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Pingquan, China: A hidden village behind all glory

By Kelly Eng 4 April 2022

When planning for a vacation to mainland China, metropolitan cities frequently crop up first in our minds, such as Beijing and Shanghai, and maybe even Hangzhou or Guilin for the seasoned traveller. However, other than these glamorous places, there are many overlooked destinations that are also worth a trip, even if they are not as developed and urbanised.

A few years ago, I travelled to Hebei for a charitable project with World Vision to visit a small village that houses 70 families. It was my first time exploring a rural area in China, and the journey was extremely memorable in its own rights.

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A three-hour drive from Beijing takes us to Pingquan (平泉) and we very soon settled down at the Ke Guan International Hotel (客官國際酒店), which offers spacious rooms and complimentary breakfast. Our stay was next to Pingquan Central Square (平泉中心廣場), where locals gather at night to socialise. Laughter filled the air as a group of people danced along to loud music while others strolled around with their families and friends. 

Our dinner was at a nearby restaurant called Tianhe Ju (天河聚酒樓). We ordered braised pork, dumplings, chilli fish, and more. Compared to the hectic and aloof crowd in Hong Kong, everything here seems to be more at ease and connected. As we were heading back to the hotel with salted-egg-flavoured popsicles in our hands, we spotted residents playing chess and cards around the neighbourhood, a handful of stalls selling handmade accessories, and children running around freely with toys. After a tiring day of travelling around, we retired early to wake up for our trip to Maozi Shan (帽子山).

Driving up the hill away from Pingquan, we arrived at Maozi Shan in just 20 minutes. We treaded ground that was unpaved and dusty, and the hot summer air clung to our skin stubbornly throughout the whole morning. Walking further into the village, we found brick houses built by the residents themselves, with Chinese calligraphy displayed prominently outside the gates wishing for good luck and harmony. 

Isolated from the outside world, people in Maozi Shan village live simple lives. Locals plant and cook their own food, share properties, and take care of each other on a daily basis, while wild cats and dogs chill leisurely under the shade. Although a mere community of 70 families, they also put a lot of effort into farming cornfields and raising livestock.

Since the area is undeveloped, the villagers could only attain contaminated groundwater to drink and shower with. World Vision, the project I joined, had the goal to install a clean water system for the locals, so they no longer suffered from stomach diseases from consuming unsafe water. At the time of our trip, the construction of a clean water system was already completed and the villagers now have a safe water source.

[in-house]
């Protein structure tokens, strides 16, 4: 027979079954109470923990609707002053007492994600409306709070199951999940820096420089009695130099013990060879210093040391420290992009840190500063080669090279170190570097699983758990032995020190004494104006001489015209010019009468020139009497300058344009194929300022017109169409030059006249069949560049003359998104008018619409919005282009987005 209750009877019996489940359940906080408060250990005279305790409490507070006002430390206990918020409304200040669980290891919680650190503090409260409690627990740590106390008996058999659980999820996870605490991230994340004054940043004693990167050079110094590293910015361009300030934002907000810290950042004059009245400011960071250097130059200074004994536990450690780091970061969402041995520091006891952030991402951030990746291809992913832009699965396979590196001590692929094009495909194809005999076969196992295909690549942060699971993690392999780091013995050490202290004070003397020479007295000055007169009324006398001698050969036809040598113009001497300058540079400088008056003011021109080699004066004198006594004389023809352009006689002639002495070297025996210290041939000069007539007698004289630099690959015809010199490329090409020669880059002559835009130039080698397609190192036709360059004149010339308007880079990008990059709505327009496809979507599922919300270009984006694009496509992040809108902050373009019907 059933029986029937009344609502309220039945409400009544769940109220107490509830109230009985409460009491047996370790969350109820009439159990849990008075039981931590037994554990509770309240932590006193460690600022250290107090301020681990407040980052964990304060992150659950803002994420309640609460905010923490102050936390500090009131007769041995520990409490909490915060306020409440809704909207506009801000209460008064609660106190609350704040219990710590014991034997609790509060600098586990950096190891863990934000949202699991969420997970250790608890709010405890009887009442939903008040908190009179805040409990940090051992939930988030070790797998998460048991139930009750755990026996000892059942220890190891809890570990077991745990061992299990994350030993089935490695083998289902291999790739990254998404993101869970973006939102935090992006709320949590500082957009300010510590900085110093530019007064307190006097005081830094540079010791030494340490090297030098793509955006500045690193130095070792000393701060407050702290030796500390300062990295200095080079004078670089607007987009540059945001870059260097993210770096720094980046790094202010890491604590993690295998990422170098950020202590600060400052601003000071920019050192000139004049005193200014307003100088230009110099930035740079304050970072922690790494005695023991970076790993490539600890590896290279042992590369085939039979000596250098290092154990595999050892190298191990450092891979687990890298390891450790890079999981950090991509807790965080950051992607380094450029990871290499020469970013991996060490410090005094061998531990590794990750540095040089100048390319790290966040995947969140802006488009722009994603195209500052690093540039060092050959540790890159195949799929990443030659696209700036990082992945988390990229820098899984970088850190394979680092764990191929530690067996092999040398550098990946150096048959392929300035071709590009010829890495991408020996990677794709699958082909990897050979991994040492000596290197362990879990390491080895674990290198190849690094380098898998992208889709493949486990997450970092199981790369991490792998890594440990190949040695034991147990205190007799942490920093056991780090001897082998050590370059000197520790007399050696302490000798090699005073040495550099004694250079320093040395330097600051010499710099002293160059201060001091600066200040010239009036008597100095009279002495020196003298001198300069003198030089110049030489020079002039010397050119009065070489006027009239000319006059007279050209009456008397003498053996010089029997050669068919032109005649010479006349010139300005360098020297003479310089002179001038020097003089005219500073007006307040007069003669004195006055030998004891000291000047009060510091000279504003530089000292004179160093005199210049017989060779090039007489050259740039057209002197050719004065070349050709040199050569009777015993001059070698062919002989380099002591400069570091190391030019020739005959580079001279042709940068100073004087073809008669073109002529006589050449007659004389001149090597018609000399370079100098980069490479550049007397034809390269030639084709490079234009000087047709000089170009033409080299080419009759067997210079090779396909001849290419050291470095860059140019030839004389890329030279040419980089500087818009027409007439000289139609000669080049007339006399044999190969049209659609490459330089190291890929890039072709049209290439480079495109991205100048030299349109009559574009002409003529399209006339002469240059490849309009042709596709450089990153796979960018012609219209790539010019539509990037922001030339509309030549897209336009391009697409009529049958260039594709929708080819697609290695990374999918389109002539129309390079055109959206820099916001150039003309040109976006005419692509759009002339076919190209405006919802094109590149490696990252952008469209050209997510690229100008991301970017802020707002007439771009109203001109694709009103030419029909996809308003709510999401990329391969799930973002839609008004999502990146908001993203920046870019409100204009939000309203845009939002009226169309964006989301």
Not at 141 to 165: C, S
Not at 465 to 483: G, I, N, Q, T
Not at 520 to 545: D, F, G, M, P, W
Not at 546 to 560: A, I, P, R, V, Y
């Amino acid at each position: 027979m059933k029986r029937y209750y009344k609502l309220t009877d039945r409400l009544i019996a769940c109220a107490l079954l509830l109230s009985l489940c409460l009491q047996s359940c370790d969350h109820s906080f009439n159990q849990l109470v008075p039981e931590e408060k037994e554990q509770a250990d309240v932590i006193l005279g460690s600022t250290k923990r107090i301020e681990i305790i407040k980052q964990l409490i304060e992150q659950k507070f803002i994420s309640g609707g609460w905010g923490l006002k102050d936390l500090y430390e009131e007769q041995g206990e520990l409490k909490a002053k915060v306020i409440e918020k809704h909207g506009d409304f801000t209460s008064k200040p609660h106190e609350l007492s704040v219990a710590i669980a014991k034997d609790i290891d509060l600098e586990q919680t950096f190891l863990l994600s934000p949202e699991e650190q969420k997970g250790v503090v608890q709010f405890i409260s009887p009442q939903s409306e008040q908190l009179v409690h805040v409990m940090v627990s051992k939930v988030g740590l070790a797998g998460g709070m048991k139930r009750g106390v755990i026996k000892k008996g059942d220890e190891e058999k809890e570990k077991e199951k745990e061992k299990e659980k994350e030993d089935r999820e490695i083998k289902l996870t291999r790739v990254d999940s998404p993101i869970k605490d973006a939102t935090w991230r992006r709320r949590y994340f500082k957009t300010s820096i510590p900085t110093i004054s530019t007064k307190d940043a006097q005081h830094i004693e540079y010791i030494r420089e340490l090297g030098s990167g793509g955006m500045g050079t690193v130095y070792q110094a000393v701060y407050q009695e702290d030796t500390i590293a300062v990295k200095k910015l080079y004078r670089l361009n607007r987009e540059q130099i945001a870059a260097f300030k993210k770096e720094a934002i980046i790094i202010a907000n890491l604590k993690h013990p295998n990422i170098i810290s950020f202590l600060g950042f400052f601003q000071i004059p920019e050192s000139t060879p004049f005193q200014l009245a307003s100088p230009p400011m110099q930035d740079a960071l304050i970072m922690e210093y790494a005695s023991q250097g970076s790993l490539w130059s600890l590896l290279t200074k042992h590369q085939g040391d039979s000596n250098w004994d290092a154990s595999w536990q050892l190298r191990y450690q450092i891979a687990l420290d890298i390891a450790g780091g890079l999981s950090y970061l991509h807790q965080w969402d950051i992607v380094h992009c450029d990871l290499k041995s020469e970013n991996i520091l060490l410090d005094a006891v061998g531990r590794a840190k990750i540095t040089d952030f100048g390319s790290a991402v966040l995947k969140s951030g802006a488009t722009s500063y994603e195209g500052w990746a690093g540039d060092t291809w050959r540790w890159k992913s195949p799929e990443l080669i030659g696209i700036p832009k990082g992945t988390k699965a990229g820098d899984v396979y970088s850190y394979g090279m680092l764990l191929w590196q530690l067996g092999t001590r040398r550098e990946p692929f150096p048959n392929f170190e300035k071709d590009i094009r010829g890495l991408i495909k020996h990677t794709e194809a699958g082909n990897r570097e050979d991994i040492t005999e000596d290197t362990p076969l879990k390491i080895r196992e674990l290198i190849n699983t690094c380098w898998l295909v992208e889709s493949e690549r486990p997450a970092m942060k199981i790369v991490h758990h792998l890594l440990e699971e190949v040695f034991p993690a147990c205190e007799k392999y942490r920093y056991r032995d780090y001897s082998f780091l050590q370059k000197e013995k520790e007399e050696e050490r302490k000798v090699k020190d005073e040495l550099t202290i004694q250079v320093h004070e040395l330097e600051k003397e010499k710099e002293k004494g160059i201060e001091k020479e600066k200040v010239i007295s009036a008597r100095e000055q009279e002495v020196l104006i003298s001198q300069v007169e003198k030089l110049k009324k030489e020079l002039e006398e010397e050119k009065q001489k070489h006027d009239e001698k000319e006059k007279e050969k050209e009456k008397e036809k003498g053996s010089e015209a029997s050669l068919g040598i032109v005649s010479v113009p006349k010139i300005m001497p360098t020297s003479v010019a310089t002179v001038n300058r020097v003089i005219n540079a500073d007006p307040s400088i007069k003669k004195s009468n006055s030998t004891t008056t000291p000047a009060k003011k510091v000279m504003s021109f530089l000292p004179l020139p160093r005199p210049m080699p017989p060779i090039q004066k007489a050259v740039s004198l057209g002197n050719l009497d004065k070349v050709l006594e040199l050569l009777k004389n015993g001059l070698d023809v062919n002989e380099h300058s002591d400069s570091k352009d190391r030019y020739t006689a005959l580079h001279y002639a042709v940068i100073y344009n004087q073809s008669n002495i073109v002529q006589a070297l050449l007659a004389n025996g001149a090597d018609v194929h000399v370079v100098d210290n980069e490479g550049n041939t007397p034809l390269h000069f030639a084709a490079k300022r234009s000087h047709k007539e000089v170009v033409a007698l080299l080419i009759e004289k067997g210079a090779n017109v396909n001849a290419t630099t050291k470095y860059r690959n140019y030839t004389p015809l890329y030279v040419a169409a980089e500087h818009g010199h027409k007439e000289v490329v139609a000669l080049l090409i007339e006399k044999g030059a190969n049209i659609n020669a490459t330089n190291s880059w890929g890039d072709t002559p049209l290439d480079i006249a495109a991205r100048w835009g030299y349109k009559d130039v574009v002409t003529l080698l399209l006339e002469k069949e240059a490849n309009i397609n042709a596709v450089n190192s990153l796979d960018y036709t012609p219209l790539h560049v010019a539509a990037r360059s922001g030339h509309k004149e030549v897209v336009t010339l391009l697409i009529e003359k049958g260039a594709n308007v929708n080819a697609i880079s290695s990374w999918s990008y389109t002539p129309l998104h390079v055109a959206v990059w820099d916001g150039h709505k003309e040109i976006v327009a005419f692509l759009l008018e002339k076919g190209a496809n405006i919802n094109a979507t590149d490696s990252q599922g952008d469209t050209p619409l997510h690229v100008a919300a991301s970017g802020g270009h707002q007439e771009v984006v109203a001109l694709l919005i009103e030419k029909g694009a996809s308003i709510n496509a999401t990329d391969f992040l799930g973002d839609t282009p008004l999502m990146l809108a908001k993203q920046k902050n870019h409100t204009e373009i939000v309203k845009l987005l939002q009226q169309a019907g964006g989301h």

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We also visited the only school in the area, where all the local children study. It was a humble building—only two classrooms and an outdoor playground, and the bathrooms did not have running water until the implementation of the water system. The school lacked developed facilities compared to modern ones, but the courses are not as rigorous since students are not learning to prepare for exams. The children we met enjoyed coming to school and meeting their peers, and the learning atmosphere was relaxing and fun.

We passed a daycare centre that was under construction and spent half an hour helping the workers. It was a workout that was especially tiring in the summer heat, prompting thoughts of how tough it is for locals to do heavy labour like this every day. 

Later, when I asked one of the villagers if she had ever left Maozi Shan, she answered that she would only occasionally go down the hill to the small town if needed. Nonetheless, even when living with minimal equipment, she is content with her home and treasures the tight bond she has with other community members. It is the simplicity of their lives that brings them joy, the ordinary things we often neglect when living in big and busy cities.

An eye-opening experience does not need to happen in a glittering metropolis. If we take a step back, we can easily find meaning in things we take for granted. My trip to Pingquan and Maozi Shan taught me more than any other travel could. While there exists a kind of joy in exploring our usual lifestyles in modern locales, spending a holiday in unconventional locations like rural villages and animal conservations can be equally as memorable.

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Kelly Eng

Writer

From dipping hot Cheetos in birthday cake ice cream to scuba-diving despite being ocean-phobic, Kelly loves exploring new and weird things with her family and friends. While her talents are eating and napping, she enjoys dancing, writing, and socialising as well. As an advocate of pineapple pizzas and durian tofu pudding, Kelly is also a passionate fan of K-pop, romance fiction, and sea otters.

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